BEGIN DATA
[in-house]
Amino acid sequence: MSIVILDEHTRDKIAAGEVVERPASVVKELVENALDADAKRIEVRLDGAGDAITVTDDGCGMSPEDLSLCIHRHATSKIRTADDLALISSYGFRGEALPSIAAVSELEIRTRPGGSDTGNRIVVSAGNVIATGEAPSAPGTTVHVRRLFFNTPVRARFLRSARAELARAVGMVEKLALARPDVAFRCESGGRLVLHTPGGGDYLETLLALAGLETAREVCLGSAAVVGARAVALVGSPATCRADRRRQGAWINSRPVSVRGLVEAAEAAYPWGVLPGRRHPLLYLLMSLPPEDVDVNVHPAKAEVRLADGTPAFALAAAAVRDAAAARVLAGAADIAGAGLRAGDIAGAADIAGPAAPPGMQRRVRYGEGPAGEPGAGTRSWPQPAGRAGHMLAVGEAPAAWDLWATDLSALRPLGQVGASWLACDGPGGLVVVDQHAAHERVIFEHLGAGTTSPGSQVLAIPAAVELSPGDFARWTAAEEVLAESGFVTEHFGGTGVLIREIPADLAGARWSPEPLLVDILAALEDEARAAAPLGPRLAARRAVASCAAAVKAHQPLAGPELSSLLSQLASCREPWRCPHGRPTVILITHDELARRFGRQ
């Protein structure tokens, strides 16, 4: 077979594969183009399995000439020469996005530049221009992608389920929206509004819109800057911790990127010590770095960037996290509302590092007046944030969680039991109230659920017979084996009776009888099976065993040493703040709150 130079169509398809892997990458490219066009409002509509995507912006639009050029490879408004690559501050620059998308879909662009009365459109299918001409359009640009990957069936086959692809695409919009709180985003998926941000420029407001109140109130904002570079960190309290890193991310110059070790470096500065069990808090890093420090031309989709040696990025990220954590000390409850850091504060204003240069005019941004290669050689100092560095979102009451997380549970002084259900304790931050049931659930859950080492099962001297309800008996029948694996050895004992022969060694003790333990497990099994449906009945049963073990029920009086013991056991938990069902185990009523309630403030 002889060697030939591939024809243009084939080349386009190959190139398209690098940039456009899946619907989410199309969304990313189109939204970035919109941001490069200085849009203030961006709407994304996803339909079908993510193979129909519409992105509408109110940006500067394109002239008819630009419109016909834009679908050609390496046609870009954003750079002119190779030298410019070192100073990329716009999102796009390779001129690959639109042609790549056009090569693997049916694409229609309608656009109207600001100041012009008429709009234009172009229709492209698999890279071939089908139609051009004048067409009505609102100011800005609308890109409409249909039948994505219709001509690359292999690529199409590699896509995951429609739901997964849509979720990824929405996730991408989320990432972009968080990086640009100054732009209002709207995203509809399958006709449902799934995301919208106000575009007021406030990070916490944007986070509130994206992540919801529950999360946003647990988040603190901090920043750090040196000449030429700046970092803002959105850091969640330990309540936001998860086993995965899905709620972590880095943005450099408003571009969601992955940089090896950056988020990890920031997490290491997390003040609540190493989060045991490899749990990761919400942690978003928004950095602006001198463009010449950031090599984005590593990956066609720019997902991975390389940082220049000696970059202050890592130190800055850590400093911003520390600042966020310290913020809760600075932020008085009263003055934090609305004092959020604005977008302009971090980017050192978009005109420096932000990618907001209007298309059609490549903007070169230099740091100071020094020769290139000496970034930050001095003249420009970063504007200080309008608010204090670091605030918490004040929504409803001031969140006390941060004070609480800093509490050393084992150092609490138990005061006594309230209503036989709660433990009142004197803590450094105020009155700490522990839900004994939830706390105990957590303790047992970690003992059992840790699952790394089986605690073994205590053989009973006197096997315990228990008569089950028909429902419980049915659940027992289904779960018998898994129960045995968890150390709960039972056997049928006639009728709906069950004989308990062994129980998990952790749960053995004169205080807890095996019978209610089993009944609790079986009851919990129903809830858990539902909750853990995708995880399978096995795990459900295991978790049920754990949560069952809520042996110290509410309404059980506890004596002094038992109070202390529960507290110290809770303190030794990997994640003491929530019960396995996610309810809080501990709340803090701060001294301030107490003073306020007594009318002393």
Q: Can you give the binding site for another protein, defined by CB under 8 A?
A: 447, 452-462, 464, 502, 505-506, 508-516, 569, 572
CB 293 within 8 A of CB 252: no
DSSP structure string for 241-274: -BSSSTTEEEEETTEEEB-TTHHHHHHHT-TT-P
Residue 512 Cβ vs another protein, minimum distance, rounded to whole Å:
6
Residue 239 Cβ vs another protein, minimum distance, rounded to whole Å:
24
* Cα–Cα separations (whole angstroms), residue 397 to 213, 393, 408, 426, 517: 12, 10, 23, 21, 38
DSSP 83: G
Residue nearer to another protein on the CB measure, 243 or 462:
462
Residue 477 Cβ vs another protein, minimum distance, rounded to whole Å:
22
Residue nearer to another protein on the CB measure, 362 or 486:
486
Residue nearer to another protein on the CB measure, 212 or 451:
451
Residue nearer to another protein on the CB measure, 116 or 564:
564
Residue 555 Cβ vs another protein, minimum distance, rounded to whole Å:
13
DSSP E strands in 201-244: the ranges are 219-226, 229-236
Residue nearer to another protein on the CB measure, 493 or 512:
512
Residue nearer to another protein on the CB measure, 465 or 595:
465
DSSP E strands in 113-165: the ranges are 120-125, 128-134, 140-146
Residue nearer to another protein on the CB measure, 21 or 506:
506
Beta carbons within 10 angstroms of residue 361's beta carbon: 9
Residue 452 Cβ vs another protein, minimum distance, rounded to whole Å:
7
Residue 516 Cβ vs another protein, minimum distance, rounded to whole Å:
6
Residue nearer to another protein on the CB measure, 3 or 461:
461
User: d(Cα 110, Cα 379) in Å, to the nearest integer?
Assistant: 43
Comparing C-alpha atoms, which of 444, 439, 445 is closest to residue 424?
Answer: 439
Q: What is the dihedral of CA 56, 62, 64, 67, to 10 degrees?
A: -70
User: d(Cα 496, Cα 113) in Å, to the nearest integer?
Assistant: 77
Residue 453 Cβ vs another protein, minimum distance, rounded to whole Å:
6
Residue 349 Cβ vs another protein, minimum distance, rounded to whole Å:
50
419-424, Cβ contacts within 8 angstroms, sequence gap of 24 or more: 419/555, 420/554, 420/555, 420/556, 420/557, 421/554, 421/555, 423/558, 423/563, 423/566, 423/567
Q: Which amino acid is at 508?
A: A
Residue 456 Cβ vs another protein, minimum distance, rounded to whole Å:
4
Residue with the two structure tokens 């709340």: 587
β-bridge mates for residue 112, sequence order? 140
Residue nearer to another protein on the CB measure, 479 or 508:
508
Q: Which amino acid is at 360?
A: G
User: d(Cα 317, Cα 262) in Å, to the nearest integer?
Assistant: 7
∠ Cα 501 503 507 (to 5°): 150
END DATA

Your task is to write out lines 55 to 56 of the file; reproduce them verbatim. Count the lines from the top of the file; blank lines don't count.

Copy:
A: A
Residue 456 Cβ vs another protein, minimum distance, rounded to whole Å: